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    Author(s): James T. Bones; David R. Dickson
    Date: 1974
    Source: Resour. Bull. NE-37. Upper Darby, PA: U.S. Department of Agriculture, Forest Service, Northeastern Forest Experiment Station. 19p.
    Publication Series: Resource Bulletin (RB)
    Station: Northeastern Research Station
    PDF: Download Publication  (1.08 MB)


    United States consumption of paper currently stands at 640 pounds per person annually and this rate will no doubt increase if the Nation's economy booms. The pulp and paper industry is approaching a crisis similar to that of the oil industry, because they have expanded the capacity of their existing facilities to the limit and must now get on with the job of building new ones. The Northeast has been particularly hard put because many of its older facilities were deemed detrimental to the environment and were shut down. A major challenge that faces the industry is to determine the best means of catching up with and satisfying increased future demand, while at the same time assuring an adequate return on the huge capital investment that will be needed. The rising cost of raw materials has become an important consideration in studying the feasibility of constructing new facilities. Such long-term solutions as expanding forest productivity by planting superior trees, fertilizing high-potential stands, and reclaiming submarginal farmlands for forestry do not provide the solution to today's wood shortages. The short-term solution that now seems most promising is the improvement of wood yield by pulping whole trees. Total-tree chipping boosts wood harvesting productivity and improves the per-acre fiber yield because the branchwood, topwood, bark, and leaves are recovered as well as the stemwood. In addition, fiber can be recovered from trees that in the past would have been considered too small or too rough to utilize, because such trees now are chipped at the harvesting site. Several total-tree harvesters were operating in the Northeast in 1973. One such harvester (see cover picture) was chipping mixed hardwoods in an Ohio land-clearing operation and selling the chips to a nearby kraft pulpmill. Spokesmen at the mill say that the monetary loss from a decrease in pulp yield and an increase in the chemicals used can be more than offset by lower costs from automated harvesting and chip handling.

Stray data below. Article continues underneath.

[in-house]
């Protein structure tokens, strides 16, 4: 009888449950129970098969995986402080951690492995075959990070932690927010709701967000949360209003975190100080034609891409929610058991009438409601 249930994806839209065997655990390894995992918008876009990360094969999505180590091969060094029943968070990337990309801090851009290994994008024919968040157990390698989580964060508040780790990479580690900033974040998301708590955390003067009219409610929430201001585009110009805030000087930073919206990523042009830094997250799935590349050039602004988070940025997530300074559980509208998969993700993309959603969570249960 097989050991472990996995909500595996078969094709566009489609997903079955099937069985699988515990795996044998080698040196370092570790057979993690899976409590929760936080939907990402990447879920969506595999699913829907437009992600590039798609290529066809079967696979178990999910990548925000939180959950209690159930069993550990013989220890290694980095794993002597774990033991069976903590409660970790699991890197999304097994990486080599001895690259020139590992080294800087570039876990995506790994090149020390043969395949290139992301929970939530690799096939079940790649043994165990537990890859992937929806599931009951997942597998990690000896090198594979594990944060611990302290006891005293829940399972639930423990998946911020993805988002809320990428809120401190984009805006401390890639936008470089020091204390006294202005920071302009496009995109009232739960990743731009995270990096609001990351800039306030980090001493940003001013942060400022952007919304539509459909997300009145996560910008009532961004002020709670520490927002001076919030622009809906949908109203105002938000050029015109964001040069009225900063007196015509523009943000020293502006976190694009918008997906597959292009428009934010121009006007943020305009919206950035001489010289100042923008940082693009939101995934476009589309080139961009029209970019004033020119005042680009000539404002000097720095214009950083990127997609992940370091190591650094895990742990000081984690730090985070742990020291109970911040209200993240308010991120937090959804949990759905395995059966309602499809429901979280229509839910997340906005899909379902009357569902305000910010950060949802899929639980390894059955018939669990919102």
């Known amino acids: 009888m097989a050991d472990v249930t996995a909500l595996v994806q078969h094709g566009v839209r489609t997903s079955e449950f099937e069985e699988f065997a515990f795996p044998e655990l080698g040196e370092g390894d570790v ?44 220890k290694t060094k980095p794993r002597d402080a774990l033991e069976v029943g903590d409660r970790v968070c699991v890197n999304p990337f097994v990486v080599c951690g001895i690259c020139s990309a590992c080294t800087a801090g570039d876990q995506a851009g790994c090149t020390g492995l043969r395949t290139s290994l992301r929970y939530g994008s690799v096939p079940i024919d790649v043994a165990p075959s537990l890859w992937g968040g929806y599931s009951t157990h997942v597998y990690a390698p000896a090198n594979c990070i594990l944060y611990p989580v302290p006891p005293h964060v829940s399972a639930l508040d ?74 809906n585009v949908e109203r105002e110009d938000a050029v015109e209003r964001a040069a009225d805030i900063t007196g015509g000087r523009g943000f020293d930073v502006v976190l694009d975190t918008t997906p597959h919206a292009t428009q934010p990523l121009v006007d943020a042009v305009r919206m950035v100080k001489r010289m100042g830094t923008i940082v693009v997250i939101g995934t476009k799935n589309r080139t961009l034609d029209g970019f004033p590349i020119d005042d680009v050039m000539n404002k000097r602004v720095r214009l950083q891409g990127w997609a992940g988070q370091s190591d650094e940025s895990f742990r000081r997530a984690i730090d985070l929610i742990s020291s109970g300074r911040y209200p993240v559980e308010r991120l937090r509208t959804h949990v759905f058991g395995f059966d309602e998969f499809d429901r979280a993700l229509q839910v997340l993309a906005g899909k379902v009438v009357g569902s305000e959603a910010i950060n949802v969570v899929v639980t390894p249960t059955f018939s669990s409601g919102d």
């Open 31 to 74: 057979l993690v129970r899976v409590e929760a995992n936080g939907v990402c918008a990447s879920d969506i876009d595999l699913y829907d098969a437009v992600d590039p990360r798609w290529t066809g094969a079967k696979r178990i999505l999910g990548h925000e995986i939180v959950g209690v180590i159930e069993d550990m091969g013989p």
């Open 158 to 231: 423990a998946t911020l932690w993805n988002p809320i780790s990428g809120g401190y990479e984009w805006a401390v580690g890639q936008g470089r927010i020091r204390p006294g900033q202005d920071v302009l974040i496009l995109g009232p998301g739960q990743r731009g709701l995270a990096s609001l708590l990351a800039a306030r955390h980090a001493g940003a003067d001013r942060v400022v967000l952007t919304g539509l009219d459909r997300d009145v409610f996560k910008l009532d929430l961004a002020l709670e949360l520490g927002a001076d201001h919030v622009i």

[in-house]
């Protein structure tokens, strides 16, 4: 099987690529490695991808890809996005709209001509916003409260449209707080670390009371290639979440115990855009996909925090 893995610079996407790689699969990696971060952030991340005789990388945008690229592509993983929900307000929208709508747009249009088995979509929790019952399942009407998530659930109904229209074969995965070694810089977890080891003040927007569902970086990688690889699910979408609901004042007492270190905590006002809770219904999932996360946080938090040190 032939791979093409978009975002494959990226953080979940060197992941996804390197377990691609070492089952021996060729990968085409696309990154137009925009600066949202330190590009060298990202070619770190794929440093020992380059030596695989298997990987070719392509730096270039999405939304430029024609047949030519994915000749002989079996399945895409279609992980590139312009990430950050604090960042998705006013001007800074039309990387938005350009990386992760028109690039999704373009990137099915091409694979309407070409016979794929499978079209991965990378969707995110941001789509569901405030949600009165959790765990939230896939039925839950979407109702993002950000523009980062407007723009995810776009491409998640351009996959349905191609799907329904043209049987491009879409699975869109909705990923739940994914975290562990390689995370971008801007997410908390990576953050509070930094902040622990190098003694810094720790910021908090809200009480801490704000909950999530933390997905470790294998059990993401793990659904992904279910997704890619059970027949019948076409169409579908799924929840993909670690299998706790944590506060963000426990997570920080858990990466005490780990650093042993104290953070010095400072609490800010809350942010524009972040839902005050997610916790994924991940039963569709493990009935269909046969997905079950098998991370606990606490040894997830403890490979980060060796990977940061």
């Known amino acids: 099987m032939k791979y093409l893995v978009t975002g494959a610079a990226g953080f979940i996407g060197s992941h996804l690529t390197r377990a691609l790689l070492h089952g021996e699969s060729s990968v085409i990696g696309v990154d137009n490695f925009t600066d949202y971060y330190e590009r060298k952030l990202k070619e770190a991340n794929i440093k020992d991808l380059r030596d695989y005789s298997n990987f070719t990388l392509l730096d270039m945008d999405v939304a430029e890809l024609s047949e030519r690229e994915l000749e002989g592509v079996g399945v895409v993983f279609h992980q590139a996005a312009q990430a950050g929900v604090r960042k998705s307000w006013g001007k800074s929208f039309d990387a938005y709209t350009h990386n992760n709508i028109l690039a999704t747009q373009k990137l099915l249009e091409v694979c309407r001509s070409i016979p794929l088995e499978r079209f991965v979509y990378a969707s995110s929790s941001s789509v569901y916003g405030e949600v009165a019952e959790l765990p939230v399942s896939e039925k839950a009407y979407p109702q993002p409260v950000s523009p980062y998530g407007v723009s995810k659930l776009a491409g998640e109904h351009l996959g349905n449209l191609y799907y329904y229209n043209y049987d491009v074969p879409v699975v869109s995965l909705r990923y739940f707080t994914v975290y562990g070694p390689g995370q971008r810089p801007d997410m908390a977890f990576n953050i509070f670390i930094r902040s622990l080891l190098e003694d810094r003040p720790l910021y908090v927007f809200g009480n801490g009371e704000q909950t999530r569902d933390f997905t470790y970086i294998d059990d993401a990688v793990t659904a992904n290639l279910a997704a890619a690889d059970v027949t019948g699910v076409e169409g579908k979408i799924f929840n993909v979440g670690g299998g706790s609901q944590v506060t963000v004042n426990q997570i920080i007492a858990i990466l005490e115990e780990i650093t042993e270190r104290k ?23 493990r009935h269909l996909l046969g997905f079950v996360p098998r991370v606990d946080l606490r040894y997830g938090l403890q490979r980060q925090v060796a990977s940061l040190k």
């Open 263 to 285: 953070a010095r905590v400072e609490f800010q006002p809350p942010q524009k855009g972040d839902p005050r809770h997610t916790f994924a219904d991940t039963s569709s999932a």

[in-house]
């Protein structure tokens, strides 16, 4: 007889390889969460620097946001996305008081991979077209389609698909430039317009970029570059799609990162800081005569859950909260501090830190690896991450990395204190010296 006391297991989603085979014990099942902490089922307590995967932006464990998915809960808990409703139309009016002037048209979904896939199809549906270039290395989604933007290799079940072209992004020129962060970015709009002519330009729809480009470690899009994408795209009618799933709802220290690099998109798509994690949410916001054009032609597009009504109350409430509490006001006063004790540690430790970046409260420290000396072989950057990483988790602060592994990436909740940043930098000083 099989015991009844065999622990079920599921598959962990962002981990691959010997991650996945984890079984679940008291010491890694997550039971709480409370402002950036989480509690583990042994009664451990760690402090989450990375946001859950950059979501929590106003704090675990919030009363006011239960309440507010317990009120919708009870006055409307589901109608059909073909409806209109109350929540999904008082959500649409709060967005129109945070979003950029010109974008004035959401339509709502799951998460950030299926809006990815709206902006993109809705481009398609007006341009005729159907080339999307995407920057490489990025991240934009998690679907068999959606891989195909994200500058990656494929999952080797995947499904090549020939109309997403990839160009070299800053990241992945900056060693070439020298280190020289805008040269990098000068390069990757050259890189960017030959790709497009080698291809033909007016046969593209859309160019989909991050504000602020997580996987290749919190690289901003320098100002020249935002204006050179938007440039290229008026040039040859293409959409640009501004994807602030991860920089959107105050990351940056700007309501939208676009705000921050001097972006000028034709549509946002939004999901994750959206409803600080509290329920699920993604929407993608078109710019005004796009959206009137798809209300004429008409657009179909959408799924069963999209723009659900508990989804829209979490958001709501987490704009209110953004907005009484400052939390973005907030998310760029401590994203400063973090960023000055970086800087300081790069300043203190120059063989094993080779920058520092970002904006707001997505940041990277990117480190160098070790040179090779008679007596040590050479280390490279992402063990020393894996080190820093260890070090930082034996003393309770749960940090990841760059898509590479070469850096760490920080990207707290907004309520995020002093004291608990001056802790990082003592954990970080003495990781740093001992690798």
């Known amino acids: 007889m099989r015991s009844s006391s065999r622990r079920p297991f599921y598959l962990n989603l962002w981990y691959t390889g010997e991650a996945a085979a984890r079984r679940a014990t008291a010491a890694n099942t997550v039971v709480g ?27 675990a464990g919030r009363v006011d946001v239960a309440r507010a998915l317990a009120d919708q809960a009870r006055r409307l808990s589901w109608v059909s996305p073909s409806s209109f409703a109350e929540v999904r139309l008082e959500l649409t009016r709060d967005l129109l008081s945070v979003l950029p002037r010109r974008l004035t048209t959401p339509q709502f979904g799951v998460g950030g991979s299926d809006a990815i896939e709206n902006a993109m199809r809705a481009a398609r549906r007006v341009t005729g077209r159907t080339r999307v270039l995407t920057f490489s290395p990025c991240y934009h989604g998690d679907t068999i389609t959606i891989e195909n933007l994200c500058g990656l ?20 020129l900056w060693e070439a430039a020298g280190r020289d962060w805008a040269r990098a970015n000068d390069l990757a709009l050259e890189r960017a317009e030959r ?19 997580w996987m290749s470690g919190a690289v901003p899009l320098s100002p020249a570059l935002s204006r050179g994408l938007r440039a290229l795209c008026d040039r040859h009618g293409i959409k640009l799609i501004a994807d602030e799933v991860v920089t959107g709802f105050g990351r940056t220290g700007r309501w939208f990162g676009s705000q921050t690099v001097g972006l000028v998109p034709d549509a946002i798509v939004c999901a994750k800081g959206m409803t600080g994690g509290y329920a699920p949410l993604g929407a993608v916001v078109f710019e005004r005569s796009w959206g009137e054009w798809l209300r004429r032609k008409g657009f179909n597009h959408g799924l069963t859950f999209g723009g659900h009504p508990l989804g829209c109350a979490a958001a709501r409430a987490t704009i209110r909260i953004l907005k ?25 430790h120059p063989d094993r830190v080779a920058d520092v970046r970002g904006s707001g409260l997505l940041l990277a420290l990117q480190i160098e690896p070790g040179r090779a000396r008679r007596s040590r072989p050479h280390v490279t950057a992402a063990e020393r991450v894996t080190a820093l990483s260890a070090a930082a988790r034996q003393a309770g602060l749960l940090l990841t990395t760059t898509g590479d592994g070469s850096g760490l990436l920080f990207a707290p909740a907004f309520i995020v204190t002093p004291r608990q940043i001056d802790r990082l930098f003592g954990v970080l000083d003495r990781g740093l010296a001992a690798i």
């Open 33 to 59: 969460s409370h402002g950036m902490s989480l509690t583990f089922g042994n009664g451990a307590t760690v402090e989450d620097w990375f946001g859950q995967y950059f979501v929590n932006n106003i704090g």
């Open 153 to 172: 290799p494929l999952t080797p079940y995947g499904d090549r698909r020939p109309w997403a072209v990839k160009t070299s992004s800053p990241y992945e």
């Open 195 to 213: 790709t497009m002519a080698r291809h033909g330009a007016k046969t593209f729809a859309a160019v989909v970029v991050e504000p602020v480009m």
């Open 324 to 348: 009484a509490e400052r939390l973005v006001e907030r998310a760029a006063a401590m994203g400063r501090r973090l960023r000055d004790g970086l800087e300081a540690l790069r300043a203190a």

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    Bones, James T.; Dickson, David R. 1974. Pulpwood production in the Northeast - 1973. Resour. Bull. NE-37. Upper Darby, PA: U.S. Department of Agriculture, Forest Service, Northeastern Forest Experiment Station. 19p.

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